• failing to recognise and act quickly on medical emergencies, such as placental abruption, uterine rupture, shoulder dystocia, cord prolapse, haemorrhage or acute cord compression during delivery; and
  • failing to identify neonatal infection (such as Group B Strep) in babies following delivery, which can result in meningitis and/or sepsis.

Any of these situations can limit the oxygen supply to the baby, which in turn can cause hypoxic ischaemic encephalopathy (HIE) and damage to the brain.

What happens when care goes wrong?

When care goes wrong, there are a number of life changing consequences that can arise: these range from stillbirth and neonatal death (when a baby dies in the early period following birth) to brain injuries such as cerebral palsy, developmental delay, motor impairment, cognitive impairment and/or epilepsy.

Losing a baby at or shortly after birth is a hugely traumatic experience for any parent, and can lead to understandable mental health difficulties such as post-traumatic stress disorder, anxiety and depression, all of which impact the entire family. Parents may not be able to work due to the ongoing trauma and, for those families who are able to and choose to go on to have another child, the whole experience can be filled with anxiety and mixed emotions. In the charity sector, charities such as Sands and Cruse Bereavement Care do an excellent job of providing counselling to parents following baby loss; however, this counselling is not always specialised enough to address the trauma suffered by parents following errors in maternity care.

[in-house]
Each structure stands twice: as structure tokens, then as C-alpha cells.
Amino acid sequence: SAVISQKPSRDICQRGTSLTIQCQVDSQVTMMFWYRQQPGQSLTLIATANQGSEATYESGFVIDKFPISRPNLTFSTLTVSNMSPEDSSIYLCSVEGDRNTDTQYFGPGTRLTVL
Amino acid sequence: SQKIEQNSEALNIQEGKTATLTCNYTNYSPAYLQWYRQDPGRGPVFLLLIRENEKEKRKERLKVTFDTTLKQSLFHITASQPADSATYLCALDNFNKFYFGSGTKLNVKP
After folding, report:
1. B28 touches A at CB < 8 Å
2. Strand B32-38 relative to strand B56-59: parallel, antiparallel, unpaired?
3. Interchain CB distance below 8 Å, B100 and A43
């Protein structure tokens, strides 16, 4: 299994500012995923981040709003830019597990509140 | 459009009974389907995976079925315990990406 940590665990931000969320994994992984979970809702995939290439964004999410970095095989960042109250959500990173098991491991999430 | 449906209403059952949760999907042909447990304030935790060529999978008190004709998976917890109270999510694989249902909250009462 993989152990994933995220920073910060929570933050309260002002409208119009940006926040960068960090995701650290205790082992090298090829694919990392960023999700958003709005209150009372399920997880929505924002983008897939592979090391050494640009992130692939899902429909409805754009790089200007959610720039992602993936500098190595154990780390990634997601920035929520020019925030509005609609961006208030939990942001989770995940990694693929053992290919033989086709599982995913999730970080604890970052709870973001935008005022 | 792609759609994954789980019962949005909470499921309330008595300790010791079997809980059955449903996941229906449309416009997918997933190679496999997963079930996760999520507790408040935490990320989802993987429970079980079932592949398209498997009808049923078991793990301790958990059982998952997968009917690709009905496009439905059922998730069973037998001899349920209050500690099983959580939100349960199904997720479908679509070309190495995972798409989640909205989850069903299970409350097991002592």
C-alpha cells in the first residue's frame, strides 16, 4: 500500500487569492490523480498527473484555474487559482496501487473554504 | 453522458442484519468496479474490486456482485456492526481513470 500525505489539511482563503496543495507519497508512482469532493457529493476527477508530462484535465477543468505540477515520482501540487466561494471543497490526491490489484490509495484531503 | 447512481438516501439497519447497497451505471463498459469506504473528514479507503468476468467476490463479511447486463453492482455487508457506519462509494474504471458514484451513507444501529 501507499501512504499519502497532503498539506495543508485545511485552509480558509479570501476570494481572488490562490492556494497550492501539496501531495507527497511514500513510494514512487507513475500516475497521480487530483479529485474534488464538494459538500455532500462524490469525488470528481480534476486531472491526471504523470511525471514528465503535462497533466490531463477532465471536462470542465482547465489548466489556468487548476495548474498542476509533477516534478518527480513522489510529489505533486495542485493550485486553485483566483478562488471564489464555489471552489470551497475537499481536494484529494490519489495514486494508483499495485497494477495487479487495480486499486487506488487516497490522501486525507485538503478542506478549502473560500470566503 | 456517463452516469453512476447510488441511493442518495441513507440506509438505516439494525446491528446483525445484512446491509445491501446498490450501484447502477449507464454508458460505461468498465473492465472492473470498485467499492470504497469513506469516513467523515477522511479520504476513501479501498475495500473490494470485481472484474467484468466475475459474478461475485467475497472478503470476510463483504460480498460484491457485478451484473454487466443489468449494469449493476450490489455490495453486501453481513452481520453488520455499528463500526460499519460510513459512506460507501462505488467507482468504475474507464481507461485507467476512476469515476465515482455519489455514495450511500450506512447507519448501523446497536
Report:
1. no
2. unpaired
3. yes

For babies who suffer brain injuries at birth, these injuries can be life changing and can lead to a need for ongoing support for life, which may include:

  • dedicated care;
  • specialist equipment;
  • physiotherapy;
  • adapted accommodation;
  • suitable transport;
  • specialist education provision; and
  • specialist access to hobbies and holidays.

All of this support can have a significant financial cost and this makes raising a disabled child significantly more expensive than otherwise would be the case. These needs can also make it harder for parents to continue working as they had intended, which increases the financial pressure on families.

Next steps for the families involved

The findings of Donna Ockenden’s report are set to be published by the end of 2020 and will be the subject of considerable scrutiny once they are made public.

Helen Hammond, a senior associate in the clinical negligence team at Penningtons Manches Cooper, comments; “Compensation for disabled children and their supporting families can provide a child with the resources they need to maximise their potential. Following the loss of a baby, compensation can also be claimed and is often used to fund focussed therapy to help bereaved parents move forward with their grief. Any parent or family member currently considering a legal claim may find an informal chat with a legal professional helpful in order to understand more of what is involved in the process and what it can achieve.”

A timeline of the events surrounding the review of maternity care at Shrewsbury and Telford Hospital NHS Trust can be found here.

Families who have concerns about care received at the trust may wish to contact Donna Ockenden’s team and, if appropriate, the police department managing this case.